Shouya’s Indirect Confession To Shouko During The Moon Scene!

A quick blogpost because I JUST noticed it, and I had to confirm my suspicions.

Remember the famous “Moon” scene in Koe no Katachi?

Well, it turns out there was a famous way for a person to confess in Japan back in the old days. The person would say, “the moon is beautiful, isn’t it” (tsuki ga kirei, desune?) ,as it was considered to be more literary, intelligent, and reserved to do so compared to saying “I love you” (aishteru).

Guess what Shoya responded to Shouko with?

It was a very popular way of confessing for the reserved Japanese people of the early 1900s, as noted by classic novelist Souseki Natsumi (1867-1916)!

Just a cool little thing I noticed. Our ship sailed much earlier than we thought, and they didn’t even notice

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This was such a ridiculous train of thought. I was reading a manga about a gyaru, and a teacher says “the moon is beautiful”, and the gyaru blushes all of a sudden.

I think, “Huh, that’s weird”, and look into it. I suddenly remember watching Tsuki Ga Kirei, which literally translates to “the moon is beautiful”. Tsuki ga Kirei was a romance.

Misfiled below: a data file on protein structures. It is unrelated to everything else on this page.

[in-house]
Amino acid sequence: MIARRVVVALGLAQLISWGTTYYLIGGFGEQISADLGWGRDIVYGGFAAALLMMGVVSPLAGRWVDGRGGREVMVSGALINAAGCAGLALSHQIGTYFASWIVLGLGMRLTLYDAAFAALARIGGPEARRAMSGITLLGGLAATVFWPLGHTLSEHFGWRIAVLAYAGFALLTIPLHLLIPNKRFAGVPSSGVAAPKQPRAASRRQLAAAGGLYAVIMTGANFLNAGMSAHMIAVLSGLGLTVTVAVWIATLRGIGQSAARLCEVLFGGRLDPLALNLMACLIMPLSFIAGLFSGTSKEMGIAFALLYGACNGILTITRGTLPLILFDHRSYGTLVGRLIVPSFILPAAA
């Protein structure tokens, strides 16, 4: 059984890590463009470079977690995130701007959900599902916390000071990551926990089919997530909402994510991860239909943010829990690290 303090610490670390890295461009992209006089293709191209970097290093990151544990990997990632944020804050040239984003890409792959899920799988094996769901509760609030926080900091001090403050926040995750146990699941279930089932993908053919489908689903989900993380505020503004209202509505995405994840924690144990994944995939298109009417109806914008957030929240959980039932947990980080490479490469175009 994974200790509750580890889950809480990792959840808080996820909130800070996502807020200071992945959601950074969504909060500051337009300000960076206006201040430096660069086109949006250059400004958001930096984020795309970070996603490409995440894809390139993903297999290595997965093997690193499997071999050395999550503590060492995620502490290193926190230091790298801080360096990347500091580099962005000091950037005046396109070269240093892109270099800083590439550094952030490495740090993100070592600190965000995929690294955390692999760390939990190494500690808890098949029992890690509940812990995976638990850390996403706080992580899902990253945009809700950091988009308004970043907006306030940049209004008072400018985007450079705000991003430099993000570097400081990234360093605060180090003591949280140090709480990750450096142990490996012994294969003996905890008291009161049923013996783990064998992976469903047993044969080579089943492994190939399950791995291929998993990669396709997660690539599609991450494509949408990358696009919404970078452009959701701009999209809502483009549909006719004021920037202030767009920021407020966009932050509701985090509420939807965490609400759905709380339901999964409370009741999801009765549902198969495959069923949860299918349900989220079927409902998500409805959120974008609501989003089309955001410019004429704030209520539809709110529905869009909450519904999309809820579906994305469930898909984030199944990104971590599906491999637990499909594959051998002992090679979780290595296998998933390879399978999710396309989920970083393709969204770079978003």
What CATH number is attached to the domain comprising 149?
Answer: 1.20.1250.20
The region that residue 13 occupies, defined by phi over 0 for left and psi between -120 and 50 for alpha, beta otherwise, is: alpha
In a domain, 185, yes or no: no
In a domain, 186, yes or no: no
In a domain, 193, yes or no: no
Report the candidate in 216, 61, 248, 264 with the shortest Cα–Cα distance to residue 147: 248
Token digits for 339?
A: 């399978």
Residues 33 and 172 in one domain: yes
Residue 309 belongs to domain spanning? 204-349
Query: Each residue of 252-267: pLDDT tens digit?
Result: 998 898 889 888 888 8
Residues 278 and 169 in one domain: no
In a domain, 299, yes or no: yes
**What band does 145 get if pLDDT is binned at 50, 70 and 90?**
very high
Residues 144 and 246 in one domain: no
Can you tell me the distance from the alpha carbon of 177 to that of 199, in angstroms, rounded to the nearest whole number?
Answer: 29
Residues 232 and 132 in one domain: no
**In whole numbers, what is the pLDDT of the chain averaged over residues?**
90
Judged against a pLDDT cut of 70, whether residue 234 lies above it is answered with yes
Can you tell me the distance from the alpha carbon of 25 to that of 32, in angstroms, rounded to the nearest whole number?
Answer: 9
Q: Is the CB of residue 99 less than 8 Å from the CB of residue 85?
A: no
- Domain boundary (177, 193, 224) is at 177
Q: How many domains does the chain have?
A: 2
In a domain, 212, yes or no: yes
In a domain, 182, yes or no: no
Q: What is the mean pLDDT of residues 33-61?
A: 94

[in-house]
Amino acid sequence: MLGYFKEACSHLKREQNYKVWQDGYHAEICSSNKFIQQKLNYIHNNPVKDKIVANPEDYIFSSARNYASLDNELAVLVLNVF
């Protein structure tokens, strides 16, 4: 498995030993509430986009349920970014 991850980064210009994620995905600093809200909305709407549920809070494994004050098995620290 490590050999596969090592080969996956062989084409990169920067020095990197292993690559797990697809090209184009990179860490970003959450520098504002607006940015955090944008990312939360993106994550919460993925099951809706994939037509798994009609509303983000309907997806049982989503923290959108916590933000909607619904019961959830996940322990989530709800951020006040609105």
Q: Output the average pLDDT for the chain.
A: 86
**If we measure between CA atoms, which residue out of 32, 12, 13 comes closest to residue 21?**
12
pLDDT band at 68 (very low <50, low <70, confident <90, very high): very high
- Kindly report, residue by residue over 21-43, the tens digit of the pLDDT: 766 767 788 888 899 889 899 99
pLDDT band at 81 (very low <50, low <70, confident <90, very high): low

imakoko-tsuki-ga-kirei-522621.1.jpg

At that point, I was like: “What the hell, why is this so common in romance?”

So I researched it, and THEN I remembered the Koe no Katachi scene, and it was such a Eureka moment!

I’m not even sure if this is new to you guys, but it was to me. If it WAS new to you, share this as much as humanly possible, it’s such a cool detail that I think doesn’t get noticed enough.

That’s it for today!

-TLM

7 thoughts on “Shouya’s Indirect Confession To Shouko During The Moon Scene!

  1. The quote “I love you to the moon and back” apparently when translated to math, physics and biology means that “I will devote the love of my entire lifetime to you” (Because the energy required to do so is the energy which one’s heart pump for his/her lifetime). Somehow for different languages/cultures, the moon becomes a uniting element in literary quotes that indicate a strong and deep love for the recipient.
    *
    It’s never too late to learn something new in the japanese romance in the literary sense! 🙂

    Liked by 2 people

  2. Don’t shoot the messenger, but while I have nothing against the ship, the author did state in a Q&A (written in the Official Fan Book) that this was coincidence and she (embarrassingly) didn’t know about this until it was pointed out to her. So also refuted another fan theory that the night bridge scene much later in the story was some kind of proposal, noting that the feeling Shouya held towards Shouko wasn’t (at least at that point in the story) a romantic one.

    Not saying this to put a downer for those for the two to be together, but being a big fan of the story (especially the manga), I wanted to learn more about the story from the author’s perspective, and answers often asked questions.

    Like

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